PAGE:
Diffraction patterns


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Ghadir Seder 1G
Posts: 134
Joined: Sat Sep 14, 2019 12:17 am

Diffraction patterns

Postby Ghadir Seder 1G » Fri Oct 11, 2019 11:53 pm

We learned that electrons passing through crystals show diffraction patterns... why does this necessarily mean?

Naji Sarsam 1F
Posts: 104
Joined: Sat Aug 17, 2019 12:18 am

Re: Diffraction patterns

Postby Naji Sarsam 1F » Sat Oct 12, 2019 10:23 am

To understand diffraction patterns, one must first recognize that there are two models possible for understanding the motion of an object relevant to chemistry: the particle model and the wave model. The particle model interprets objects as solid objects which have a defined location in space. The wave model interprets objects as waves throughout a medium--such as sound waves being waves through solid material or light waves being waves of electromagnetic radiation.

The key difference between these models is that the motion of particles differs greatly for that of waves. While particles can only be in one location at one time, waves radiate out in all directions.

The experiment being discussed involves electrons being shot through a crystal of atoms. Crystals of atoms are lattices, meaning they are repeating patterns of the atoms. If electrons were particles, the detector behind the crystal should only observe electrons coming through the spaces between atoms. It should not observe electrons appearing directly behind atoms because particles would not be able to pass through the nucleus of an atom. However, this pattern is what is detected. This reveals that electrons must be waves which can pass through the spaces between atoms and interact with itself--just as light does in the double-slit experiment. If the electron wave constructively interferes with itself behind an atom, thats how electrons can be detected there.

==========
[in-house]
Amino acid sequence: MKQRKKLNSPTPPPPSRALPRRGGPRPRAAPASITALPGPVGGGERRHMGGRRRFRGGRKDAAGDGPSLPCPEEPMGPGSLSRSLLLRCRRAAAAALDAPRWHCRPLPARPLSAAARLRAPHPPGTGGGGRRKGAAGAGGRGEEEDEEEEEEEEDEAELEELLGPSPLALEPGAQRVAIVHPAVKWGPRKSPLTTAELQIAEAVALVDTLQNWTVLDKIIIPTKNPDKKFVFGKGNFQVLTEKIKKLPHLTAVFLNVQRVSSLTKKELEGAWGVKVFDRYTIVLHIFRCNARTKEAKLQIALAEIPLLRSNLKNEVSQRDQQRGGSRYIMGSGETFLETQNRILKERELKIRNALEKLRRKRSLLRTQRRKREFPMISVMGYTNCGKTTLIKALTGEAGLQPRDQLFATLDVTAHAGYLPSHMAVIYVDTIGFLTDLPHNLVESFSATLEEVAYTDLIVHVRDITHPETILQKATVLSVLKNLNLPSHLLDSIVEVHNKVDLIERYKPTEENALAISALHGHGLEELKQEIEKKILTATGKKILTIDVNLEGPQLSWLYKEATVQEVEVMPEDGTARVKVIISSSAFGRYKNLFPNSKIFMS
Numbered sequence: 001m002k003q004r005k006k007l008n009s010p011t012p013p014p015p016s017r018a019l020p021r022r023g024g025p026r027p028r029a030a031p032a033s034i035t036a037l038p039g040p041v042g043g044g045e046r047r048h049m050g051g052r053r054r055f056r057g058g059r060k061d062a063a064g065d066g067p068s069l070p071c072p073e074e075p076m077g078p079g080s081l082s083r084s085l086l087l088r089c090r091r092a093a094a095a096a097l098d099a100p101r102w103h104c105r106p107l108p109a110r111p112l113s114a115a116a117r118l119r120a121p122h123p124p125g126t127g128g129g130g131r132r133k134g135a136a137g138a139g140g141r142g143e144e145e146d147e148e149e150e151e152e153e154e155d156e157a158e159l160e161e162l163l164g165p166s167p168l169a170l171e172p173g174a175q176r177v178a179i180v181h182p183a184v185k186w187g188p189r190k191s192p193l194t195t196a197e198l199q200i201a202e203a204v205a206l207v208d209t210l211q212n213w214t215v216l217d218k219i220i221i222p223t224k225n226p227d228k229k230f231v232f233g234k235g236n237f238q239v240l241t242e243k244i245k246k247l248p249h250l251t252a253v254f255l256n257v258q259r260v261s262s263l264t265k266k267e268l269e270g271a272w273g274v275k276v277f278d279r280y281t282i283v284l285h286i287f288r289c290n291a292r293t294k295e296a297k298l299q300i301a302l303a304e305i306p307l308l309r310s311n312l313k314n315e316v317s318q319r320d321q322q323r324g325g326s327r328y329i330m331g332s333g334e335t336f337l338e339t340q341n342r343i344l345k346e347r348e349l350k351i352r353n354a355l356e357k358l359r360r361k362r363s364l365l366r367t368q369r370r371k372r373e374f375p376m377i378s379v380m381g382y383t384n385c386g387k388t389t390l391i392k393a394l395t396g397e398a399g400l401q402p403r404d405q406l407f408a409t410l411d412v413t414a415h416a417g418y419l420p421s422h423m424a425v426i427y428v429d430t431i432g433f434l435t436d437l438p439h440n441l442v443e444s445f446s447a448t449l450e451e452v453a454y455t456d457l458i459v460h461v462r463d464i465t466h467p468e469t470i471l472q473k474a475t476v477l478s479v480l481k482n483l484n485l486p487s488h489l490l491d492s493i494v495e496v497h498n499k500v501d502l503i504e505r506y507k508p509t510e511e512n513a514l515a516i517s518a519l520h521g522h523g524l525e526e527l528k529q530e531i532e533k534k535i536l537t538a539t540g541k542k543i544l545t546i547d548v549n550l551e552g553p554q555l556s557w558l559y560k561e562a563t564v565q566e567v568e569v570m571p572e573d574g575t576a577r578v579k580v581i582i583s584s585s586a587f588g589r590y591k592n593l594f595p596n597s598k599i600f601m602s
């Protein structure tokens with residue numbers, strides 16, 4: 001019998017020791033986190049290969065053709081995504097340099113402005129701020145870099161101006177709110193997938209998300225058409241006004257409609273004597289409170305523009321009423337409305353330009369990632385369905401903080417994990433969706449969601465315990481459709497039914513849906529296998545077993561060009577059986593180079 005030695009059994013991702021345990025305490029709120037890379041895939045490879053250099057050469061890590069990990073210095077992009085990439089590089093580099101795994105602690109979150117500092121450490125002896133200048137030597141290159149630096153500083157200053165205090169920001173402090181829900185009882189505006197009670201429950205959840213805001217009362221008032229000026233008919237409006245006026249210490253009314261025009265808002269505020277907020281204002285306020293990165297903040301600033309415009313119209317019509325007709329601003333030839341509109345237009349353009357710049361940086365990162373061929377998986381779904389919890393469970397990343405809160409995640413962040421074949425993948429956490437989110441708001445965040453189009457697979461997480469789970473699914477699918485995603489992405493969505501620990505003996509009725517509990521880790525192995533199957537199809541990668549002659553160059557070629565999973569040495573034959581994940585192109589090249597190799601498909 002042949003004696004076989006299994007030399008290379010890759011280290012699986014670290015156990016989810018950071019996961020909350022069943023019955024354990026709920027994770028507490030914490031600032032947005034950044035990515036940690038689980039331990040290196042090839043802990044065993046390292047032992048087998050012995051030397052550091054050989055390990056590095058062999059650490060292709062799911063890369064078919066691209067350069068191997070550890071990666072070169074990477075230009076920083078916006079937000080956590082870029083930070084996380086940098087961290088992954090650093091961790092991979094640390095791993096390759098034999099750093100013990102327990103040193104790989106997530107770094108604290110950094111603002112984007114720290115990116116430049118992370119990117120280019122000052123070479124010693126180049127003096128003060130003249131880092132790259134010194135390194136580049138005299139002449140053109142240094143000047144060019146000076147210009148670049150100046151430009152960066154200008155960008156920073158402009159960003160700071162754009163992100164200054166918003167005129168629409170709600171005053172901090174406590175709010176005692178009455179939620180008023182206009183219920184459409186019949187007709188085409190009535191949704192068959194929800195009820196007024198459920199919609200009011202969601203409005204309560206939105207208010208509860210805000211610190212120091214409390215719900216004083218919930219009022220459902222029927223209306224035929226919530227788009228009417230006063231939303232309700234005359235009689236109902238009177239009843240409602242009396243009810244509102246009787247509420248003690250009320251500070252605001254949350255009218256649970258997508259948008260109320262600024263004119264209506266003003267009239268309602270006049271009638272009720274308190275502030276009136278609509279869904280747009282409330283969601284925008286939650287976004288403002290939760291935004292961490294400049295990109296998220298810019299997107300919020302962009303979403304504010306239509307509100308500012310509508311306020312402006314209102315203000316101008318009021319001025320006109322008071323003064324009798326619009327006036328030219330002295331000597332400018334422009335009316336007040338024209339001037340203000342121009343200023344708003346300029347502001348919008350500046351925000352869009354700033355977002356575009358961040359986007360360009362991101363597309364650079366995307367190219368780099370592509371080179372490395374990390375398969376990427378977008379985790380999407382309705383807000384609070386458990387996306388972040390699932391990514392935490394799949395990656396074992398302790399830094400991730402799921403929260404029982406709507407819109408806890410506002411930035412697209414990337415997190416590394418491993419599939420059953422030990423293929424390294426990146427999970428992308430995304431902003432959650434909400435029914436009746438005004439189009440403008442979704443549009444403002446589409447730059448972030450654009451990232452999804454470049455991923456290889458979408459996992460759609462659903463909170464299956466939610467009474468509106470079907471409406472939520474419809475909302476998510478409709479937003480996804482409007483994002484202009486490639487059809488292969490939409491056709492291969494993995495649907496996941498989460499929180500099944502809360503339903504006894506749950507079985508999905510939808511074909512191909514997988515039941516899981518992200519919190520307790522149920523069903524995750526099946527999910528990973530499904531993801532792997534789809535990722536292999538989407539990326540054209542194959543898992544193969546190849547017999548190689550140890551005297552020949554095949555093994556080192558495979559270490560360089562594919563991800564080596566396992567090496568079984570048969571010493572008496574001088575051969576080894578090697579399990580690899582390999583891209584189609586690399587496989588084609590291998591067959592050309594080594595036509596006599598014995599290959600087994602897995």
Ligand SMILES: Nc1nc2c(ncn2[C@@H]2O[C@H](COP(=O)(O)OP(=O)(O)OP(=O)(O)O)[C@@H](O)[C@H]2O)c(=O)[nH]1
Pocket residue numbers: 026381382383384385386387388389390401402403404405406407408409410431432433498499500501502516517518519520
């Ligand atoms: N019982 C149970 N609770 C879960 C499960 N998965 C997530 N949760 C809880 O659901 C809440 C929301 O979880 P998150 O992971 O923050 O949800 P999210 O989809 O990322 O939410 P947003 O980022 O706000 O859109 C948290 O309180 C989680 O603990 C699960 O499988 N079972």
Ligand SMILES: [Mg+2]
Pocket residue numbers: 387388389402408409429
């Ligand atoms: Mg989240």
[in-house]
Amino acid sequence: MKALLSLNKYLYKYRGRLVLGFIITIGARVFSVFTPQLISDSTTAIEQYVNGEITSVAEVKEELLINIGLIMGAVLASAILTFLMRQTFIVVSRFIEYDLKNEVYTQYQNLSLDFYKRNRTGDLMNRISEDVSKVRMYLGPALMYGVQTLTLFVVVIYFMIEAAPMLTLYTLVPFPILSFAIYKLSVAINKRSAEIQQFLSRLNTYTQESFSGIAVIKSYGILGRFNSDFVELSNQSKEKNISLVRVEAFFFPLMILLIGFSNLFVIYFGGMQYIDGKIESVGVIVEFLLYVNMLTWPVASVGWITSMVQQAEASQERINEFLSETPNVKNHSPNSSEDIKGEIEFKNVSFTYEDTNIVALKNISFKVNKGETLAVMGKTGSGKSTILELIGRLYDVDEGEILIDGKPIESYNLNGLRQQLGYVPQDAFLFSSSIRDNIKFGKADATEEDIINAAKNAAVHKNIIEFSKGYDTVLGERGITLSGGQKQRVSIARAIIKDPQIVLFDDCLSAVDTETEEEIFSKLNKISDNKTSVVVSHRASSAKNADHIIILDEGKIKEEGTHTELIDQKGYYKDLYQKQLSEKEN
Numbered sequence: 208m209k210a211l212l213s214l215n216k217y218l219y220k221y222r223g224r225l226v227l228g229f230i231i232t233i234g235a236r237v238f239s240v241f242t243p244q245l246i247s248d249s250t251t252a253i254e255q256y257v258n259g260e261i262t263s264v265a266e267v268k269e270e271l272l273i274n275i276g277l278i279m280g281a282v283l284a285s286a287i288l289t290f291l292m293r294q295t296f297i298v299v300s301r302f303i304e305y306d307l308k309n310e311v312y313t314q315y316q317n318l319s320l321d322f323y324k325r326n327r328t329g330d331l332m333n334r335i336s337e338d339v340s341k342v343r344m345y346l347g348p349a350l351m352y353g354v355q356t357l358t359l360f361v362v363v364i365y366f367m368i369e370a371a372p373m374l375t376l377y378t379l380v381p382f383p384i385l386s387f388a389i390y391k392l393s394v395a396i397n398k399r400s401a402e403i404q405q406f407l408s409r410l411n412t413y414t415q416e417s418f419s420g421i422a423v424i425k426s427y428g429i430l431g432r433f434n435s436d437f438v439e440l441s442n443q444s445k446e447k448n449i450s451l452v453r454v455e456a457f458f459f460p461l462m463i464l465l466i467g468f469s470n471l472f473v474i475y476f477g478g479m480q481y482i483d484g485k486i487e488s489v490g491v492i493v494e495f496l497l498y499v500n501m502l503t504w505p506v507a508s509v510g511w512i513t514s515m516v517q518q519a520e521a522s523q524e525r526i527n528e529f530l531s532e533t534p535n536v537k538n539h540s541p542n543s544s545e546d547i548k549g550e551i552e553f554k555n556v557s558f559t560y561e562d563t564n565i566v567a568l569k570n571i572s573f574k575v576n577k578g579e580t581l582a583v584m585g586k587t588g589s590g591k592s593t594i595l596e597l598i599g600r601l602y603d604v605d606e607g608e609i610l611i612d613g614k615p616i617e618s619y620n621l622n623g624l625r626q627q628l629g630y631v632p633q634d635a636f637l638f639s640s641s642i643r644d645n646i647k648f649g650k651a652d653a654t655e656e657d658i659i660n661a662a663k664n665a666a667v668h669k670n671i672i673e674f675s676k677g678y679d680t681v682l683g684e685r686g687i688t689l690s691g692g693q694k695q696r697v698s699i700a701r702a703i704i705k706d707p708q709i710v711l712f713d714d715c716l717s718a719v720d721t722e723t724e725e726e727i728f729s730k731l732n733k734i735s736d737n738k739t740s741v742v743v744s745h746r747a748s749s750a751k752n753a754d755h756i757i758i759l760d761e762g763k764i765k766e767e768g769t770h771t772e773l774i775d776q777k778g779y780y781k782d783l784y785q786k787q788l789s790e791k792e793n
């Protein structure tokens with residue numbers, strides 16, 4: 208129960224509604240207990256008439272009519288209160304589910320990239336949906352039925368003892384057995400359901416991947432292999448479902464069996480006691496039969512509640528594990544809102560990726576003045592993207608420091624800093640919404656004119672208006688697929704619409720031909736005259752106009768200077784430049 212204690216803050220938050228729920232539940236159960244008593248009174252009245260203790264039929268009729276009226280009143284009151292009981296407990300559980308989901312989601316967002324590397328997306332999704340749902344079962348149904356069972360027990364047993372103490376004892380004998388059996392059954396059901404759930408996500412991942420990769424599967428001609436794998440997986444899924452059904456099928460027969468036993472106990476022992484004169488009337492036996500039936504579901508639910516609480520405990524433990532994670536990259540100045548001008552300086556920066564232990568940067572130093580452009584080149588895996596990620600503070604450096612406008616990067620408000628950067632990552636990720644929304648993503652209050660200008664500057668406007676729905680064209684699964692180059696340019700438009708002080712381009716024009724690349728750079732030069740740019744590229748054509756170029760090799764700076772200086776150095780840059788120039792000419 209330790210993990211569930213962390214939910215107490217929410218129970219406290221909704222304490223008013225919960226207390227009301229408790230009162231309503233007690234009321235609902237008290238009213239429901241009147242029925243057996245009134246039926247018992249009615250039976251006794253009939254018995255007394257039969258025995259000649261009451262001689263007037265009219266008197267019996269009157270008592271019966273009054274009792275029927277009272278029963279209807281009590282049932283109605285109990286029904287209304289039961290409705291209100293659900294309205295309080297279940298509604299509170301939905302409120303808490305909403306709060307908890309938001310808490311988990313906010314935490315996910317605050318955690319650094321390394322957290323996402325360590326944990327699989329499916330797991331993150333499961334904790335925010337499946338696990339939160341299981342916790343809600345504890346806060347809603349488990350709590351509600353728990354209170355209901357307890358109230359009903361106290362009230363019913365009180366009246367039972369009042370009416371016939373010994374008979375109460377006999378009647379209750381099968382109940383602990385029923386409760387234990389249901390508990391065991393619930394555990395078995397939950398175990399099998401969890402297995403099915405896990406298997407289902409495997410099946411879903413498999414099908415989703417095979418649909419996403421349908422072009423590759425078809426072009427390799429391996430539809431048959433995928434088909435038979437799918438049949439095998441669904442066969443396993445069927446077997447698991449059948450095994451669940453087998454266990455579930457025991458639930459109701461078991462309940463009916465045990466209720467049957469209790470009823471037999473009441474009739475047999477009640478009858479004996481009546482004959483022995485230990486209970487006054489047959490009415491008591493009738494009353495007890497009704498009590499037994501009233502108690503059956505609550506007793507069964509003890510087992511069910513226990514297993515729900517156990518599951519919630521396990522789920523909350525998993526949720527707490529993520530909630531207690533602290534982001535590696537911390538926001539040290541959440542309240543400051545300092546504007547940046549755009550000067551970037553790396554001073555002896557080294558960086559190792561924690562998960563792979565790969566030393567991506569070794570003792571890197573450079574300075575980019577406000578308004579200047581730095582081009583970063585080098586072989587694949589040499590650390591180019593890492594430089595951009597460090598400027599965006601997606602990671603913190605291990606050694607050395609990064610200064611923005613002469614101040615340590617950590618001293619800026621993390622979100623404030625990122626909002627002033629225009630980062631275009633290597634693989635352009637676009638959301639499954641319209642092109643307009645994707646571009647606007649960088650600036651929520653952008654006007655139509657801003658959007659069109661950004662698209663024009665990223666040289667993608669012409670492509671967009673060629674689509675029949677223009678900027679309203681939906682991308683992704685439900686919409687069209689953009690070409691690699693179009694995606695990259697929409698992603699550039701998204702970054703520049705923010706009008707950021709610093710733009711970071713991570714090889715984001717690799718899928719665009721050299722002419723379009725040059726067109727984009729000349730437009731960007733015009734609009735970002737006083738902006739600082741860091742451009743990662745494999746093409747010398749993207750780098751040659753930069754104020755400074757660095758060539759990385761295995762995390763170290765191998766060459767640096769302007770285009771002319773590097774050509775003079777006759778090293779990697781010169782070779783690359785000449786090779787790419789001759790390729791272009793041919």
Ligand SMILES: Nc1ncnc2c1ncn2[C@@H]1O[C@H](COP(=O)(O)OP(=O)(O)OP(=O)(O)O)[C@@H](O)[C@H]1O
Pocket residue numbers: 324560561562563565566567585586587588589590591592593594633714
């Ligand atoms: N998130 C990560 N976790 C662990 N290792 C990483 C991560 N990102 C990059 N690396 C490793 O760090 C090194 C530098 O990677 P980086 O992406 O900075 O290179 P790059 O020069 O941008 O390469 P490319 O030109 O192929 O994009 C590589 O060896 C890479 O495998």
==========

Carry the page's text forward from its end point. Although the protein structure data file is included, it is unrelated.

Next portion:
Helen Struble 2F
Posts: 97
Joined: Sat Aug 24, 2019 12:17 am

Re: Diffraction patterns

Postby Helen Struble 2F » Sun Oct 13, 2019 5:44 pm

The diffraction patterns exhibited by electrons prove that electrons exhibit wave-like properties as well as typical particle-like properties. Diffraction is a phenomenon which occurs in waves which are directed at an obstacle or slit which is similar in size to the wavelength. Because diffraction is a property of waves, it must be concluded that electrons behave like waves and like particles.


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